In the Workplace

Expression of human dignity

It was Dag Hammarskjold, the second Secretary General of the United Nations, who said: “In our era the road to holiness necessarily passes through the world of action.”

The Church, in its tradition of social teaching, recognises the value of work and its potential to sanctify, or make holy. It does this by firstly expressing human dignity and then increasing it by the cultivation of the virtues, or moral habits, among which the Church includes the “virtue of industriousness”.

“Work is a good thing for man,” wrote Blessed Pope John Paul II in Laborem Exercens, his 1981 papal encyclical on human work. “It is not only good in the sense that it is useful or something to enjoy; it is also good as being something worthy, that is to say, something that corresponds to man’s dignity, that expresses his dignity and increases it. If one wishes to define more clearly the ethical meaning of work, it is this truth that one must particularly keep in mind. Work is a good thing for man – a good thing for humanity – because through work man not only transforms his nature, adapting it to his own needs, but he also achieves fulfilment as a human being and indeed, in a sense, becomes ‘more a human being’.”

Besides providing for basic needs work should also provide people with the opportunity to develop individual talents, and more importantly to claim the fundamental rights and responsibilities that correspond with innate human dignity. Such rights, for exampkle, include the right to a family and the right to private property.

Blessed Pope John XXIII, in his 1963 encyclical, Pacem in Terris, said: “Men and women have the natural right to share in the benefits of culture, and hence to receive a good general education, and a technical or professional training consistent with the degree of educational development in their country. Furthermore, a system must be devised for affording gifted members of society the opportunity of engaging in more advanced studies, with a view to occupying, as far as possible, positions of responsibility in society adequate to their intelligence and acquired skill.”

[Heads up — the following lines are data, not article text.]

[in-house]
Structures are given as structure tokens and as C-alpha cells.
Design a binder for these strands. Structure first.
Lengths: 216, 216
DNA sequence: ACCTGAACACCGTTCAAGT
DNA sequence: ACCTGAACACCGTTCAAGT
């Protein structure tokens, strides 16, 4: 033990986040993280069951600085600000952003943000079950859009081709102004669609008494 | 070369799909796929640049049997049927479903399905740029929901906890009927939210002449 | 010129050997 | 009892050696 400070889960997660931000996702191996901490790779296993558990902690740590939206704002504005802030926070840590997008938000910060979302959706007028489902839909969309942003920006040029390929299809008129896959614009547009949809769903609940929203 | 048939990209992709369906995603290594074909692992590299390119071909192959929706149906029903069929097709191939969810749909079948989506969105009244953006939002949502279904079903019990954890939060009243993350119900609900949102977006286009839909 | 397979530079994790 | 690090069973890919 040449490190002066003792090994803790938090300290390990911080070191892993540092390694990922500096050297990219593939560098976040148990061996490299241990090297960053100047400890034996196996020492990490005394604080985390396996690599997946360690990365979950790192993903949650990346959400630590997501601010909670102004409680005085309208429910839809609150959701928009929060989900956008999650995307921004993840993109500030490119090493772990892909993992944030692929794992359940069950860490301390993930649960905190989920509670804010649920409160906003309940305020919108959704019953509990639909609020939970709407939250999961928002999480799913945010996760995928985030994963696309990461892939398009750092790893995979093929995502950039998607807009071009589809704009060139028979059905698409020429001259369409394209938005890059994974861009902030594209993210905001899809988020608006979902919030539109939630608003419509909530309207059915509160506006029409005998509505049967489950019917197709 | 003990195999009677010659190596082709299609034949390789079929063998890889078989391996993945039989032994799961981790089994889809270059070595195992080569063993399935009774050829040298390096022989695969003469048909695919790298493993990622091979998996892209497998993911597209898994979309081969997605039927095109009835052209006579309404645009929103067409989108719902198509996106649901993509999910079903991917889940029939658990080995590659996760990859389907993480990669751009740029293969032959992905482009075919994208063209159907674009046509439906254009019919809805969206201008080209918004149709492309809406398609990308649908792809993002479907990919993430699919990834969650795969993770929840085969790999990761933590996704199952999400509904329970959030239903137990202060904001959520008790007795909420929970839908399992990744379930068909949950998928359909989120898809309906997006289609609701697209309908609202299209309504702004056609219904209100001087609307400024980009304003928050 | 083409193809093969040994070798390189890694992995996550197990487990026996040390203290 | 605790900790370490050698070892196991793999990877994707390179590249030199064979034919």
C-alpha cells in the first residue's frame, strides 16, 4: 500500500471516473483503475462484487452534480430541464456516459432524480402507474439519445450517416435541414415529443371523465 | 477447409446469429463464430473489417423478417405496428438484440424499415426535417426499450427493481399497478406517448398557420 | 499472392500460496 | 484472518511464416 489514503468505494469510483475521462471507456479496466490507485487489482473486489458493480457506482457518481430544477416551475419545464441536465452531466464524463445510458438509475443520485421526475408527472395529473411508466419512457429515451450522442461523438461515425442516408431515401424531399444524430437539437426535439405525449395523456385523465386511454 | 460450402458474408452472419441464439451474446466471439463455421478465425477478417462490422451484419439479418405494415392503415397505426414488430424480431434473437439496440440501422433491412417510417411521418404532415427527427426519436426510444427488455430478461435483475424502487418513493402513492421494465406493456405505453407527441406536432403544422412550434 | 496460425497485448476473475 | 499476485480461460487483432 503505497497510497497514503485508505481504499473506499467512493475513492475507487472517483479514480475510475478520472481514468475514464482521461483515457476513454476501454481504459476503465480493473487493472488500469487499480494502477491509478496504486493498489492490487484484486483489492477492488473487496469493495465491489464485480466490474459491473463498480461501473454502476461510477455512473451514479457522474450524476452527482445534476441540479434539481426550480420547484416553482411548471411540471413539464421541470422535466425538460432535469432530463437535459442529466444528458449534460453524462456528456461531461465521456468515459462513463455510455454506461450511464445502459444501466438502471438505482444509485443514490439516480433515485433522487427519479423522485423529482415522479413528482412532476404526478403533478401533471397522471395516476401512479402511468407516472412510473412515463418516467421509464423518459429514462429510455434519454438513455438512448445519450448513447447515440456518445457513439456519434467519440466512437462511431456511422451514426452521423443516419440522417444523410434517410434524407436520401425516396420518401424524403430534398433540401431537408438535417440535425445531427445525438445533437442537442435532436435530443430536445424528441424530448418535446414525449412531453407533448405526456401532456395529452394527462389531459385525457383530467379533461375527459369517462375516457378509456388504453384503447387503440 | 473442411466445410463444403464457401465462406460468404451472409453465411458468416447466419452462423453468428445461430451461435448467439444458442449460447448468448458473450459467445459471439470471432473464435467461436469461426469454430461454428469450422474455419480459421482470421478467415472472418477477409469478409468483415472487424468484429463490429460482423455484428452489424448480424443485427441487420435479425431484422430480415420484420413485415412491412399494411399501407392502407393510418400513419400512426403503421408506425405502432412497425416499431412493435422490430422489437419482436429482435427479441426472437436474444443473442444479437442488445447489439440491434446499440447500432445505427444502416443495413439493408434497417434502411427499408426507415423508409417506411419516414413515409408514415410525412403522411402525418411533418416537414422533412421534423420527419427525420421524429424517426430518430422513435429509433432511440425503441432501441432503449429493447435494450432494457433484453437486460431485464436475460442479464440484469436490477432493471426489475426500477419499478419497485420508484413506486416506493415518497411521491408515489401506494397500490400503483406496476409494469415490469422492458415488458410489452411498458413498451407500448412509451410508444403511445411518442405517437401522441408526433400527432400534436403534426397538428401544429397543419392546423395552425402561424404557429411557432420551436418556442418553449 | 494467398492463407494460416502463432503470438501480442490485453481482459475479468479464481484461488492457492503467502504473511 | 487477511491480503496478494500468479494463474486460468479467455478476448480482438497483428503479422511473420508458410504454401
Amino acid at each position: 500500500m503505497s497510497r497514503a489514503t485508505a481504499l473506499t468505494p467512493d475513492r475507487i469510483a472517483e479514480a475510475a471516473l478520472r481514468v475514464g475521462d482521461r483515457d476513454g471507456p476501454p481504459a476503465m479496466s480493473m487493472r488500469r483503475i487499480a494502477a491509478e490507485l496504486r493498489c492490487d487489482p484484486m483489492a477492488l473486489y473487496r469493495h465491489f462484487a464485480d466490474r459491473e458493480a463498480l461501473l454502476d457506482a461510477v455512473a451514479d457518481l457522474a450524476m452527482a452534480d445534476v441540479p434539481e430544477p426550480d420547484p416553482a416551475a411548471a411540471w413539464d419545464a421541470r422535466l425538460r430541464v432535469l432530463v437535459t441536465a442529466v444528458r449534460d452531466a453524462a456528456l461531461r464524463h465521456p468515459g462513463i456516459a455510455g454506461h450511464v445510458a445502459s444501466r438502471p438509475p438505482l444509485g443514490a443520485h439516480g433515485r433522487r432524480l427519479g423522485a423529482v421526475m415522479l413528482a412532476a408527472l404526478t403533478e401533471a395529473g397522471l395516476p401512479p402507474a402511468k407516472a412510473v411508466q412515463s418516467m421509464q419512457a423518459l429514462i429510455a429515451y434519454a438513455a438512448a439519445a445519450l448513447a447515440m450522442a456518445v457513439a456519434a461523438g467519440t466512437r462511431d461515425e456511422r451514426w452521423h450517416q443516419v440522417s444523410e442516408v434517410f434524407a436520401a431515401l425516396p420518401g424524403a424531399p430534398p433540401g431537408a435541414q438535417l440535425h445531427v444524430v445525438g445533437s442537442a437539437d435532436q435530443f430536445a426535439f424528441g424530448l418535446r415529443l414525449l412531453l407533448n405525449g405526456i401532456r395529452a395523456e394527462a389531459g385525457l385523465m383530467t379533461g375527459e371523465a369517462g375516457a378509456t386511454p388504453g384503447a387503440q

Work, therefore, should give a person the means to become an active member and stakeholder of the society in which he or shre lives. In turn, they help to shape it through their direct activity – and indirectly through the taxes payable to the state. Indeed, it is because “work is a good thing for man” that unemployment is such a devastating and tragic evil.

Returning to Laborem Exercens, Pope John Paul said: “Man must work, both because the Creator has commanded it and because of his own humanity, which requires work in order to be maintained and developed. Man must work out of regard for others, especially his own family, but also for the society he belongs to, the country of which he is a child, and the whole human family of which he is a member, since he is the heir to the work of generations and at the same time a sharer in building the future for those who will come after him in the succession of history.

“All this constitutes the obligation of work, understood in the wide sense. When we have to consider the moral rights, corresponding to the obligation, of every person with regard to work, we must always keep before our eyes the whole vast range of points of reference in which the labour of every working subject is manifested.”

(‘A Spirituality of Work’/Bishops’ Conference of England and Wales)